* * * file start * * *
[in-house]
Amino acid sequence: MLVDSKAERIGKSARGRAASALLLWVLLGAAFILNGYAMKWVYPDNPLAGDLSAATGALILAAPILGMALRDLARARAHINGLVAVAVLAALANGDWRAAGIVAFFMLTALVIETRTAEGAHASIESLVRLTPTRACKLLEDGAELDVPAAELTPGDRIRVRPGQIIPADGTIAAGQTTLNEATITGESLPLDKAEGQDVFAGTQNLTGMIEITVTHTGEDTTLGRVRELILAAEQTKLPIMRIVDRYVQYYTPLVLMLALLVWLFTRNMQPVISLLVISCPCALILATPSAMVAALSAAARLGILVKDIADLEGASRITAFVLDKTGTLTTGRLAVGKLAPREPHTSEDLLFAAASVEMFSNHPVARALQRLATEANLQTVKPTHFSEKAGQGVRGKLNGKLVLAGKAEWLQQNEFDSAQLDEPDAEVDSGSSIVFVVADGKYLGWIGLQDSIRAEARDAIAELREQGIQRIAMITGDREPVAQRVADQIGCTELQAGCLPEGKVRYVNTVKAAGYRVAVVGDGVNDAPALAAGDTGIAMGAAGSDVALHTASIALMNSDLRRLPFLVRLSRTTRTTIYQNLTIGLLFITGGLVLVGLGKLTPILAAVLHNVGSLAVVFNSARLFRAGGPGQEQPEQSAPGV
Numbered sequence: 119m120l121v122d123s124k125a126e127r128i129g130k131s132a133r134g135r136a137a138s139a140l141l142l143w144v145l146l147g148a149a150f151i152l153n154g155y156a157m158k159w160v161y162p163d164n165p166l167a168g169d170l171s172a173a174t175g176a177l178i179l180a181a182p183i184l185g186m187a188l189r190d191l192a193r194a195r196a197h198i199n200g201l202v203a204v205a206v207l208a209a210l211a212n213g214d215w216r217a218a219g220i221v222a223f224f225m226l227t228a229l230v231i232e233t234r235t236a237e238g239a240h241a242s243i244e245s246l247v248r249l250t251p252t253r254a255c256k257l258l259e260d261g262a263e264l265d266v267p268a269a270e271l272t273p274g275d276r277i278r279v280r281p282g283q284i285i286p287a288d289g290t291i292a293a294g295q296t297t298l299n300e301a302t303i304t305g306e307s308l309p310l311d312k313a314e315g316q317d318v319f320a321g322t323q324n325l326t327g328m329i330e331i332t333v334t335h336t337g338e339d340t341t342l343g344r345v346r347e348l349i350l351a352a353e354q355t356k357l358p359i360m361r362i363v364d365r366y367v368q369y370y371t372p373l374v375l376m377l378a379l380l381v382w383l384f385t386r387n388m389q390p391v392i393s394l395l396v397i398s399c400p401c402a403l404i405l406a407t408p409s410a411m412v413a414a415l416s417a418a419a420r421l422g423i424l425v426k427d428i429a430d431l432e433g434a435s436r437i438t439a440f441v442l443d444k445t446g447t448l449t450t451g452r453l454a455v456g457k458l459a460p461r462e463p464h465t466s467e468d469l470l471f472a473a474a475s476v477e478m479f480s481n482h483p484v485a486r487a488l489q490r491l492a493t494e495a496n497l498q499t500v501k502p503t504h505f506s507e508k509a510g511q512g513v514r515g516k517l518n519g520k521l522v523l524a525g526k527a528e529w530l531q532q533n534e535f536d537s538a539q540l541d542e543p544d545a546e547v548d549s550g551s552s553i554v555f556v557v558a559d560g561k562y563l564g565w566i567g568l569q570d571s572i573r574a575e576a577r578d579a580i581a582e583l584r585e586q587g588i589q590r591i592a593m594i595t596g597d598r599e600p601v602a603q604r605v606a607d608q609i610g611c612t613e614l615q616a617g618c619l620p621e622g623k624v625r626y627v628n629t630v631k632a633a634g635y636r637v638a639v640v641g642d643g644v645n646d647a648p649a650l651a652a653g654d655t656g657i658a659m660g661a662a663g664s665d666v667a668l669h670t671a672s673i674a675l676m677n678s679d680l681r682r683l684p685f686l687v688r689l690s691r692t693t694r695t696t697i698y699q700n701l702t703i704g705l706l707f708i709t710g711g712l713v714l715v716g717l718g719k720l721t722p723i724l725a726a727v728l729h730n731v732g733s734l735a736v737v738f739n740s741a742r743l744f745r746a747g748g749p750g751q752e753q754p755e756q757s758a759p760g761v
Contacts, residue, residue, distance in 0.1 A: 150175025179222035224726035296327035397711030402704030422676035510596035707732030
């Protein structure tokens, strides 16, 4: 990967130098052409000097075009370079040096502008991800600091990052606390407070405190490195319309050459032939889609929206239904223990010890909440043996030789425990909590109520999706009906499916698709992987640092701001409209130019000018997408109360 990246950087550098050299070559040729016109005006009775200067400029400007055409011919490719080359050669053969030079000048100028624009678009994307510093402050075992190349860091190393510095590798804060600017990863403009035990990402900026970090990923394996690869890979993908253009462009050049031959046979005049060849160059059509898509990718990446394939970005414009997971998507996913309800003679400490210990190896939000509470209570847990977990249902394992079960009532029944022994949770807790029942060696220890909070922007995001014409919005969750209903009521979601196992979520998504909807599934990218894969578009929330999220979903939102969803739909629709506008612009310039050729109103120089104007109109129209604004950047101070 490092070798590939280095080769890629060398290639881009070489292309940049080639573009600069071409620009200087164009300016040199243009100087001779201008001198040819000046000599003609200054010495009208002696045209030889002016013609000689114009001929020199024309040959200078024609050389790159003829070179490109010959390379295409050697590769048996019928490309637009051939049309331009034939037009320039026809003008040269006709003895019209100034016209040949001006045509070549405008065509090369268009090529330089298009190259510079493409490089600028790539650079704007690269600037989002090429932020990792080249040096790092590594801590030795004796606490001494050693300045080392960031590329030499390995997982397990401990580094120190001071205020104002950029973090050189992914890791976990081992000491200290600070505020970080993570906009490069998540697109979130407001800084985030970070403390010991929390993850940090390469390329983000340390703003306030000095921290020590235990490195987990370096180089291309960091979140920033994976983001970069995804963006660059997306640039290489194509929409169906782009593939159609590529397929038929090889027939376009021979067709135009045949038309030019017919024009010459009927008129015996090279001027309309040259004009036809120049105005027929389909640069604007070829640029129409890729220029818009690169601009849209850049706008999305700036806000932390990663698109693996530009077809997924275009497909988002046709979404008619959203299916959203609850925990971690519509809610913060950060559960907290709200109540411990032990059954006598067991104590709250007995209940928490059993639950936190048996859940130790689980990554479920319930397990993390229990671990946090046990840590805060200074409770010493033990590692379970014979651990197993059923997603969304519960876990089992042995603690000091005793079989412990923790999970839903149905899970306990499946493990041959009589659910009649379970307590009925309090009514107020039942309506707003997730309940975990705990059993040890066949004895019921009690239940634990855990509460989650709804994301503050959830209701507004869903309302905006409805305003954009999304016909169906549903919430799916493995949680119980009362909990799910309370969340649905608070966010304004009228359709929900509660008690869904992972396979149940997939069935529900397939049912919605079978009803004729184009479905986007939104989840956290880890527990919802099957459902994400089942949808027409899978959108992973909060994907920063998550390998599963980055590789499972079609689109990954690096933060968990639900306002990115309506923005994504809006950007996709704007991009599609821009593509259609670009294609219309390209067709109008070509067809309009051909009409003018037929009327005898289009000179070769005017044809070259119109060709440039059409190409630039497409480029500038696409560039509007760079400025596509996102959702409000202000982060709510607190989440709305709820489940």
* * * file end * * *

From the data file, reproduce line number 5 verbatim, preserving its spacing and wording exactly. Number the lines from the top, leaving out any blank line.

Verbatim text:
């Protein structure tokens, strides 16, 4: 990967130098052409000097075009370079040096502008991800600091990052606390407070405190490195319309050459032939889609929206239904223990010890909440043996030789425990909590109520999706009906499916698709992987640092701001409209130019000018997408109360 990246950087550098050299070559040729016109005006009775200067400029400007055409011919490719080359050669053969030079000048100028624009678009994307510093402050075992190349860091190393510095590798804060600017990863403009035990990402900026970090990923394996690869890979993908253009462009050049031959046979005049060849160059059509898509990718990446394939970005414009997971998507996913309800003679400490210990190896939000509470209570847990977990249902394992079960009532029944022994949770807790029942060696220890909070922007995001014409919005969750209903009521979601196992979520998504909807599934990218894969578009929330999220979903939102969803739909629709506008612009310039050729109103120089104007109109129209604004950047101070 490092070798590939280095080769890629060398290639881009070489292309940049080639573009600069071409620009200087164009300016040199243009100087001779201008001198040819000046000599003609200054010495009208002696045209030889002016013609000689114009001929020199024309040959200078024609050389790159003829070179490109010959390379295409050697590769048996019928490309637009051939049309331009034939037009320039026809003008040269006709003895019209100034016209040949001006045509070549405008065509090369268009090529330089298009190259510079493409490089600028790539650079704007690269600037989002090429932020990792080249040096790092590594801590030795004796606490001494050693300045080392960031590329030499390995997982397990401990580094120190001071205020104002950029973090050189992914890791976990081992000491200290600070505020970080993570906009490069998540697109979130407001800084985030970070403390010991929390993850940090390469390329983000340390703003306030000095921290020590235990490195987990370096180089291309960091979140920033994976983001970069995804963006660059997306640039290489194509929409169906782009593939159609590529397929038929090889027939376009021979067709135009045949038309030019017919024009010459009927008129015996090279001027309309040259004009036809120049105005027929389909640069604007070829640029129409890729220029818009690169601009849209850049706008999305700036806000932390990663698109693996530009077809997924275009497909988002046709979404008619959203299916959203609850925990971690519509809610913060950060559960907290709200109540411990032990059954006598067991104590709250007995209940928490059993639950936190048996859940130790689980990554479920319930397990993390229990671990946090046990840590805060200074409770010493033990590692379970014979651990197993059923997603969304519960876990089992042995603690000091005793079989412990923790999970839903149905899970306990499946493990041959009589659910009649379970307590009925309090009514107020039942309506707003997730309940975990705990059993040890066949004895019921009690239940634990855990509460989650709804994301503050959830209701507004869903309302905006409805305003954009999304016909169906549903919430799916493995949680119980009362909990799910309370969340649905608070966010304004009228359709929900509660008690869904992972396979149940997939069935529900397939049912919605079978009803004729184009479905986007939104989840956290880890527990919802099957459902994400089942949808027409899978959108992973909060994907920063998550390998599963980055590789499972079609689109990954690096933060968990639900306002990115309506923005994504809006950007996709704007991009599609821009593509259609670009294609219309390209067709109008070509067809309009051909009409003018037929009327005898289009000179070769005017044809070259119109060709440039059409190409630039497409480029500038696409560039509007760079400025596509996102959702409000202000982060709510607190989440709305709820489940």